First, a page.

Overview

Distribution

Range Description

South of the Amazon and west of the Xingu in Brazil, through Bolivia (La Paz and Pando departments) to Manu National Park in Peru (Anderson, 1997; Gardner, 2007)
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Ecology

Habitat

Habitat and Ecology

Habitat and Ecology
Lowland tropical forest. Species of the genus Monodelphis are among the least arboreal of the Didelphids, and are usually found on the ground, though they can climb. They are nocturnal, and their diet consists of small rodents, insects, carrion, seeds, and fruit (Nowak, 1999).

Systems
  • Terrestrial
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Conservation

Conservation Status

IUCN Red List Assessment


Red List Category
LC
Least Concern

Red List Criteria

Version
3.1

Year Assessed
2008

Assessor/s
Brito, D. & Astua de Moraes, D.

Reviewer/s
Amori, G. (Small Nonvolant Mammal Red List Authority) & Schipper, J. (Global Mammal Assessment Team)

Contributor/s

Justification
This species is listed as Least Concern in because of its wide distribution, probably occurrence in a number of protected areas, and because it is unlikely to be declining at the rate required to qualify for listing in a threatened category.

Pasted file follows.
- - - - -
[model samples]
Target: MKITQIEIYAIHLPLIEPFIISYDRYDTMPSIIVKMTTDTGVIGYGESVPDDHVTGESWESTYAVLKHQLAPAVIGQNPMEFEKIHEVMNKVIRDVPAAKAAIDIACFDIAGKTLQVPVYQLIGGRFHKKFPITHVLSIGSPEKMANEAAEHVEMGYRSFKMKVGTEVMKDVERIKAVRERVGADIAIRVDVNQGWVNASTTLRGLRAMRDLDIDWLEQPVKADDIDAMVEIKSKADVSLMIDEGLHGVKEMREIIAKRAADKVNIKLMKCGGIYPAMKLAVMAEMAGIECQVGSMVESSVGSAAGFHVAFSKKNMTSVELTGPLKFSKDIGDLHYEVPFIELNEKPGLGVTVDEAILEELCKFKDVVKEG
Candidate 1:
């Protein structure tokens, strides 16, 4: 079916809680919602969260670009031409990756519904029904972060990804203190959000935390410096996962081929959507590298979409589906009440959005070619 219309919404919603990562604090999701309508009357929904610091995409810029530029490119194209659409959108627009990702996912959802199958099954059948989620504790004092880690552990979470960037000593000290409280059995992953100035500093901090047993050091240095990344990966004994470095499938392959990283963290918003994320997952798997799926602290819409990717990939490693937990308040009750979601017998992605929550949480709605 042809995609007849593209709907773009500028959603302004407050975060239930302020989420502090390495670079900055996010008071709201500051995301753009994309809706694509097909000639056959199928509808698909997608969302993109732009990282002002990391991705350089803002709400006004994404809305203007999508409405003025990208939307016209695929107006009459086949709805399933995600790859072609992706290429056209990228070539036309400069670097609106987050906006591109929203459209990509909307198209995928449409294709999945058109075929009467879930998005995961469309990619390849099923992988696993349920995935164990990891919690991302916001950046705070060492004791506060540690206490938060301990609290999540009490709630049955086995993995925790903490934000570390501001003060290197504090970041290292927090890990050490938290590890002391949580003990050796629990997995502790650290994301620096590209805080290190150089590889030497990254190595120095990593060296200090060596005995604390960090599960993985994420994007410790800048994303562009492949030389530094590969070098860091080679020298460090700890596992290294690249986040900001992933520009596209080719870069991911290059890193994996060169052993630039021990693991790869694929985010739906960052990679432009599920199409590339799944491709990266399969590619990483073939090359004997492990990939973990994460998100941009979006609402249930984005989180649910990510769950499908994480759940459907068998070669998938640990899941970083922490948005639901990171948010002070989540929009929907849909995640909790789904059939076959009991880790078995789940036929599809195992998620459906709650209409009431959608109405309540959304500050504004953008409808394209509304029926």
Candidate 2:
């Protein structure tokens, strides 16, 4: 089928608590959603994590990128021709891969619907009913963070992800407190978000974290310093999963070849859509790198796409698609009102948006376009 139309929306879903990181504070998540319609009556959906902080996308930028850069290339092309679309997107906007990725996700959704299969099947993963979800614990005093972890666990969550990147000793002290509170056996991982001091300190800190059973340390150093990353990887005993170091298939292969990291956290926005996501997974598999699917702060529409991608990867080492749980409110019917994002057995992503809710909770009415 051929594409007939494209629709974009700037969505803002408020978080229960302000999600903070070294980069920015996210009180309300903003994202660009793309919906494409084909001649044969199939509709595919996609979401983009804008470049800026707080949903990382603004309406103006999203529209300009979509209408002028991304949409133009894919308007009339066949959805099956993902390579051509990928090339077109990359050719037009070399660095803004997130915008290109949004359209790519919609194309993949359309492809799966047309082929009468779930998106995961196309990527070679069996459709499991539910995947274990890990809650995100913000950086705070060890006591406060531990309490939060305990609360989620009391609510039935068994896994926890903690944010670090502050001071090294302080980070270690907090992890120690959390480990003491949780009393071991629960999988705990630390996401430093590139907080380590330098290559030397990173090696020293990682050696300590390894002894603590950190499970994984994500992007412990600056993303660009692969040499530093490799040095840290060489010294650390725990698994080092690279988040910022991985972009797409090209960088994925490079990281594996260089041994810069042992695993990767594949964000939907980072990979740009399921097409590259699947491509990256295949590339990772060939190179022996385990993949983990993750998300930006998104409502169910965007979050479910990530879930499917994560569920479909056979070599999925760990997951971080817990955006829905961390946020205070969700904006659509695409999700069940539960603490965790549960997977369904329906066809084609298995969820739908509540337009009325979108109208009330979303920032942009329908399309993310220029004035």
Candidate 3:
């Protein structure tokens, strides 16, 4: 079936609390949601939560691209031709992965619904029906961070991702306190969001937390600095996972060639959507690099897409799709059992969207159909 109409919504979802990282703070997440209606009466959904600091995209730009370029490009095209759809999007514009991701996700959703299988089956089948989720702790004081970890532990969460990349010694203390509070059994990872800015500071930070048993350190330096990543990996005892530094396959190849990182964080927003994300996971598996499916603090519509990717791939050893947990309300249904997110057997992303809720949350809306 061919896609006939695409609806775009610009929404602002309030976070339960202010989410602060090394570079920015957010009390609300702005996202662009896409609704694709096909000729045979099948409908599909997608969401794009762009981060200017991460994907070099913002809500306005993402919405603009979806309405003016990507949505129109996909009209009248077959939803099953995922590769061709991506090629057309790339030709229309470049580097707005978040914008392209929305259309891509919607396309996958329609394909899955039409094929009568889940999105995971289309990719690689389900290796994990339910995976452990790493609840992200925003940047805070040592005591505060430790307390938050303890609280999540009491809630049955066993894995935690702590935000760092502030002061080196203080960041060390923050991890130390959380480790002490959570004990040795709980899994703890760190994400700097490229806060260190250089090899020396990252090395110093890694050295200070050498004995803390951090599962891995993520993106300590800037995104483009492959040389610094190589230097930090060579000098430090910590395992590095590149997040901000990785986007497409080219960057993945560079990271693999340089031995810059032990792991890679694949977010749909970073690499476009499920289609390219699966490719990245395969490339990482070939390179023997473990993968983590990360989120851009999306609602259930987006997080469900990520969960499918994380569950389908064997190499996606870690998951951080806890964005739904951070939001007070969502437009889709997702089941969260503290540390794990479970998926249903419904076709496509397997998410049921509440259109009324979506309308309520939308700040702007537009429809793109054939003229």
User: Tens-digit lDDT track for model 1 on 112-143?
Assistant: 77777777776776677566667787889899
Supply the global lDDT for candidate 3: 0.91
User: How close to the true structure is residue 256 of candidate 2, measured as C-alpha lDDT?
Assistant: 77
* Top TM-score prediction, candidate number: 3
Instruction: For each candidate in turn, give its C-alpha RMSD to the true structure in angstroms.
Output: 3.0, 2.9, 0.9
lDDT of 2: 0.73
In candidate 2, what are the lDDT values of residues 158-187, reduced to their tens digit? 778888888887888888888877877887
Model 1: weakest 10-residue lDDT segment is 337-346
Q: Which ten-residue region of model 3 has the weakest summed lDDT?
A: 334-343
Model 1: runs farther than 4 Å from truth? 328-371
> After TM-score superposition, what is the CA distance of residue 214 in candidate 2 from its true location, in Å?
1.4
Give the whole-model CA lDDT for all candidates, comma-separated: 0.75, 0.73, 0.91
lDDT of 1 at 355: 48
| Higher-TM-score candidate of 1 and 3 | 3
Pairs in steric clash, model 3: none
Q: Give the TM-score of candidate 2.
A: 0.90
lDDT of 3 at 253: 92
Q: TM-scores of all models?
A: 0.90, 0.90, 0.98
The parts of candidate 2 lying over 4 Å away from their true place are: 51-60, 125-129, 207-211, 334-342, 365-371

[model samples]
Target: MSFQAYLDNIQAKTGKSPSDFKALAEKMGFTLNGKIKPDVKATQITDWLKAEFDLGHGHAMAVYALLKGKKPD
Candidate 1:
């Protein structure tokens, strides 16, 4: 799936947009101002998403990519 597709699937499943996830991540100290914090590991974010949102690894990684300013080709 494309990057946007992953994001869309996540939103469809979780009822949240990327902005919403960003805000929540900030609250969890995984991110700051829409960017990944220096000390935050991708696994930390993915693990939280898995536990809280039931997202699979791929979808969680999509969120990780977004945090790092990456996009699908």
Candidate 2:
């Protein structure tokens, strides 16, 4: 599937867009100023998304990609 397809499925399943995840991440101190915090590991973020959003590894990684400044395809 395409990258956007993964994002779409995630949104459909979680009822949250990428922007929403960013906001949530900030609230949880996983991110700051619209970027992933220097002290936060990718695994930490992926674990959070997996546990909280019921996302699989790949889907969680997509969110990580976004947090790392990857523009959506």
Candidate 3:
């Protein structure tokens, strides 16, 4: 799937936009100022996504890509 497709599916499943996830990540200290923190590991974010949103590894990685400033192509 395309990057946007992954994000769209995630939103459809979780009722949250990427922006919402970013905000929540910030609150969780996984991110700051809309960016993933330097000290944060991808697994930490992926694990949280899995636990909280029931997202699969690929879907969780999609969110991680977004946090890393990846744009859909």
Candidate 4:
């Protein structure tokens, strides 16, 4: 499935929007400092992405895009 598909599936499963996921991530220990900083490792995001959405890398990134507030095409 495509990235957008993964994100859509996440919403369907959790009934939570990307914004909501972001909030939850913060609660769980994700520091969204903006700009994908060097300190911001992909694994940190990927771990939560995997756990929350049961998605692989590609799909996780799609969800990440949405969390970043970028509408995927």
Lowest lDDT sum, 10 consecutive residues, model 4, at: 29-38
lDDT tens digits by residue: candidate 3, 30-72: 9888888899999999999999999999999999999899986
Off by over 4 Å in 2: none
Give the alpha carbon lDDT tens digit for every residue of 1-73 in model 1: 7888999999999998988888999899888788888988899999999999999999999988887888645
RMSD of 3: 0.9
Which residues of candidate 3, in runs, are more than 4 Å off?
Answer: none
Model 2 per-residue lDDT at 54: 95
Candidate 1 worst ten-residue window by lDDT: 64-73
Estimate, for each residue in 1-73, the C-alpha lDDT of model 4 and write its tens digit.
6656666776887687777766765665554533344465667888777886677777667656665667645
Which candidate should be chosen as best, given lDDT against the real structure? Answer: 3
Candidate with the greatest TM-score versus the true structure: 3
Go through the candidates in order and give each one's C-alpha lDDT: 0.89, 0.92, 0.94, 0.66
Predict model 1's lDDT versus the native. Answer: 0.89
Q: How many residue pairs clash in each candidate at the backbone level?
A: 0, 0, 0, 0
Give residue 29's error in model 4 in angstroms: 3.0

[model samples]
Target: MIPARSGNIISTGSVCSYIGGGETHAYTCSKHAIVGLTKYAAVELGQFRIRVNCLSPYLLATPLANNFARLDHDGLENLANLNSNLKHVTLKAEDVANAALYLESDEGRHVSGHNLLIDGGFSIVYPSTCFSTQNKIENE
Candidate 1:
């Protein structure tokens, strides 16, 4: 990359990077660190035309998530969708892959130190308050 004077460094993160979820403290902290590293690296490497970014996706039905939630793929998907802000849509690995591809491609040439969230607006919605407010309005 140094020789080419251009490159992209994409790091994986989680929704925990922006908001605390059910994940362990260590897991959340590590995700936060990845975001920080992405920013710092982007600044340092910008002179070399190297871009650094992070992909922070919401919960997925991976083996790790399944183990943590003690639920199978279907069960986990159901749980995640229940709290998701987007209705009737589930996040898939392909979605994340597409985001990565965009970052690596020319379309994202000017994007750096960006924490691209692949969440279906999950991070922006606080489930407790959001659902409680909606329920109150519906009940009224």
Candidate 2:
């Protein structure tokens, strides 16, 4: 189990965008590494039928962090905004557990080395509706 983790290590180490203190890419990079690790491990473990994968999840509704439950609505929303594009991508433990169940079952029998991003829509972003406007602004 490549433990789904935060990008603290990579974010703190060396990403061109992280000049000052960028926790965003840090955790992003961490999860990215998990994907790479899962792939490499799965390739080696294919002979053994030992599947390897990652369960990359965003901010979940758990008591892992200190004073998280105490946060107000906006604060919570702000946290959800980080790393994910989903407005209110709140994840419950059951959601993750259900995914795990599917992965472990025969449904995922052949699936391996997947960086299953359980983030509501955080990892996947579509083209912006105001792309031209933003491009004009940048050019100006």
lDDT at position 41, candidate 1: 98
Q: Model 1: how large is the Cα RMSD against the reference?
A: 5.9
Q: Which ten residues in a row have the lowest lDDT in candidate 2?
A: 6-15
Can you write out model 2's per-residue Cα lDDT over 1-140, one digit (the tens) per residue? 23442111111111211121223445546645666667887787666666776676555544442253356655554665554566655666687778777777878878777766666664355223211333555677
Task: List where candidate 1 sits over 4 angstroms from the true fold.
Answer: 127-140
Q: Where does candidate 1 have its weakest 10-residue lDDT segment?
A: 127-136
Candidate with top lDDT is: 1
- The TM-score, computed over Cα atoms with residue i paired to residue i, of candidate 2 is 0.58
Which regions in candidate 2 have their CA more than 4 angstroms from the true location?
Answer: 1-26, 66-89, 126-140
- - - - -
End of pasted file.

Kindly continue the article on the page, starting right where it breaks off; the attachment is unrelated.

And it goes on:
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Population

Population
Unknown.

Population Trend
Unknown
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Threats

Major Threats
There are no major threats to this species. Extreme southern portion of range is subjected to logging, soybean plantations, cattle, and general loss of habitat.
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Management

Conservation Actions

Conservation Actions
Likely found in several protected areas within its range. Further research is needed into the biology, ecology and distribution of this species.
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Wikipedia

Amazonian red-sided opossum

The Amazonian red-sided opossum, Monodelphis glirina, is a South American opossum species of the family Didelphidae,[2] formerly viewed as part of M. brevicaudata.[1] It is found in Bolivia, Brazil and Peru, where it inhabits the Amazon rainforest. It is omnivorous, nocturnal, and primarily nonarboreal.[1]

References[edit]

  1. ^ a b c Brito, D. & Astua de Moraes, D. (2008). Monodelphis glirina. In: IUCN 2008. IUCN Red List of Threatened Species. Retrieved 24 March 2009.
  2. ^ Gardner, A. L. (2005). "Order Didelphimorphia". In Wilson, D. E.; Reeder, D. M. Mammal Species of the World (3rd ed.). Johns Hopkins University Press. p. 14. ISBN 978-0-8018-8221-0. OCLC 62265494. 
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